Representatives from a struggling southeast Missouri nail factory were in Washington D.C. Tuesday to plea for relief from the trade war.
Missourinet media partner KFVS-TV reports leading officers from Poplar Bluff’s Mid-Continent Steel and Wire made their case directly to the head of the Commerce Department.
The meeting has been in the works since June 1, and it’s a step in the company’s goal to be excluded from steel tariffs that have hurt their business. Mid Continent Vice President George Skarich and Operations Manager Chris Pratt were granted face time with U.S. Secretary of Commerce Wilbur Ross.
Pratt told KFVS they had a healthy discussion and were given a chance to talk about the urgent situation facing the nail company.
The company says it’s lost 70 percent of its business and laid off about 160 workers since President Trump’s tariffs on steel and aluminum imports began on June 1. The company now employs fewer than 340 workers, down from about 500 before the tariffs took effect. It also faces possible closure around Labor Day.
KFVS reports Mid-Continent’s management believes their meeting Tuesday helped their cause, but there has been no confirmation yet on whether their tariff exclusion has been accepted or declined.
Mid Continent, which is the last major nail supplier in the United States, is owned by Mexico-based Deacero. The parent company produces steel and ships the material to its own plant in Poplar Bluff.
The U.S. Commerce Department is experiencing a huge backlog of exemption requests – leaving the future of several U.S. manufacturers in trouble. The agency is sifting through thousands of requests for exclusions and companies are reportedly waiting a prolonged period of time to get a response on any decisions.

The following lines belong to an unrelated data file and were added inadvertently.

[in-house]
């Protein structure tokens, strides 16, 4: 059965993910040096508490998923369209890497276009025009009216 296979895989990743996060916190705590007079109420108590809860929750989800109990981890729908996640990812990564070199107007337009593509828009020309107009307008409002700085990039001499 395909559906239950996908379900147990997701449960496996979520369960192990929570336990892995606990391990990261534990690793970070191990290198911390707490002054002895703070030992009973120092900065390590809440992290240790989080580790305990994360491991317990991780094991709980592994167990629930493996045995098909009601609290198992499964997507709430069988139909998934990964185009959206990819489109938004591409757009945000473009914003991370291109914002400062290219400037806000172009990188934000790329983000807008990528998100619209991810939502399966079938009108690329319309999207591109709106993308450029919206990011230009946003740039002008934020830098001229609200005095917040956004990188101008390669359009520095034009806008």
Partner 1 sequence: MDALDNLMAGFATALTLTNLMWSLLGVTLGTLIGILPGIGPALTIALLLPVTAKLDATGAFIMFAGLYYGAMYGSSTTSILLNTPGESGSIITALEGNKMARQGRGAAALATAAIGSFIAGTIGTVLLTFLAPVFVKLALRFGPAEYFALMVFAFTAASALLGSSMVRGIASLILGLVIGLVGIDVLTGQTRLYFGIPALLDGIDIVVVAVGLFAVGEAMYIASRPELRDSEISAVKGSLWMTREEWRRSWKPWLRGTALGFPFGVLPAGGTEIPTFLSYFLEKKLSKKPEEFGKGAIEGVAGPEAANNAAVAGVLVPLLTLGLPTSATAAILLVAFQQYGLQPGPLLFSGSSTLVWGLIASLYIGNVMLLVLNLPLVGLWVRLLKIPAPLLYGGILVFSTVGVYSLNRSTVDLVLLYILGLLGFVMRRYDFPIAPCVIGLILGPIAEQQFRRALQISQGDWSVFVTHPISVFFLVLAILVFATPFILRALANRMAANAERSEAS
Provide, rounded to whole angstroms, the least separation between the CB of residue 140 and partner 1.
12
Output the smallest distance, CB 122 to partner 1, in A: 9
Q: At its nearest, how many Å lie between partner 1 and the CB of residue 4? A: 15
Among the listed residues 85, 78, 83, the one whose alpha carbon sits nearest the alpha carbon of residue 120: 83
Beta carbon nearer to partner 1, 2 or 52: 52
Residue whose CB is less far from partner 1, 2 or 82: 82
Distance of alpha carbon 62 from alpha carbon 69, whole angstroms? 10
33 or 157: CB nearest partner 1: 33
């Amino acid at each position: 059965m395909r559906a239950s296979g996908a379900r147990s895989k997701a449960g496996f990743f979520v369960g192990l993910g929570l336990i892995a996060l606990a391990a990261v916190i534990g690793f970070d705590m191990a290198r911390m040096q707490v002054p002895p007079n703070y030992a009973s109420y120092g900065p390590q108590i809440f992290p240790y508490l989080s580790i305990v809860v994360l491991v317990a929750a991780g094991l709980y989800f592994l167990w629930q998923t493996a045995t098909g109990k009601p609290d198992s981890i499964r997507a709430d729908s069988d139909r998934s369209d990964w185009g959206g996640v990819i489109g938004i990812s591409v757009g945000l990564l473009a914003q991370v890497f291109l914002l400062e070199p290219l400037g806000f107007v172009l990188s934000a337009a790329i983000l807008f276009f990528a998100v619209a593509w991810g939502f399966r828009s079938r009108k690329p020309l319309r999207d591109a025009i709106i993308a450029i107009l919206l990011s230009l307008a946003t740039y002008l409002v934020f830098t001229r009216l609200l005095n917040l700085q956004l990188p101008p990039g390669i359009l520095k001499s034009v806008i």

Both candidates in Missouri’s U.S. Senate race have championed the cause of Mid Continent. Democratic incumbent Claire McCaskill sounded the alarm in June about the company’s tariff issues.
Her opponent, Republican state Attorney General Josh Hawley toured the factory last Friday and sent a letter to Deacero Chief Executive Officer Raul M. Gutierrez Muguerza Monday. Hawley urged Gutierrez Muguerza to keep the facility open beyond Labor Day and noted he’s trying to persuade the President to exempt Mid Continent form the tariffs.
“I have told the Trump Administration that Mid Continent makes a strong case for an exemption and I continue to urge the Department of Commerce to grant it quickly, but the fact remains that your company also has a critical role to play,” said Hawley.
He also urged Gutierrez Muguerza not to fold the Poplar Bluff operation into Deacero’s nail factory in Mexico and asked the chief executive not let ill will with American steel producers impact his decision-making process.
“First, one of Deacero’s brands, Aceros Nacionales, also produces nails, but it does so in Mexico. The negotiation over tariffs should not be an excuse for you to kill American jobs and consolidate Deacero’s nail manufacturing to Mexico,” Hawley said. “Second, according to many reports, you have fought with steel manufacturers in the United States over potential dumping violations made by Deacero. As U.S. steel manufacturers begin to rebound because of the administration’s negotiations, I certainly hope that you would not make decisions based on previous grudges.”
The company says soaring costs from 25% tariffs on steel have raised the price of the raw materials Mid Continent uses to produce nails. The increased prices have led customers to cancel orders and find cheaper nails in China, Taiwan, India and elsewhere.
Missourinet’s Alisa Nelson contributed to this report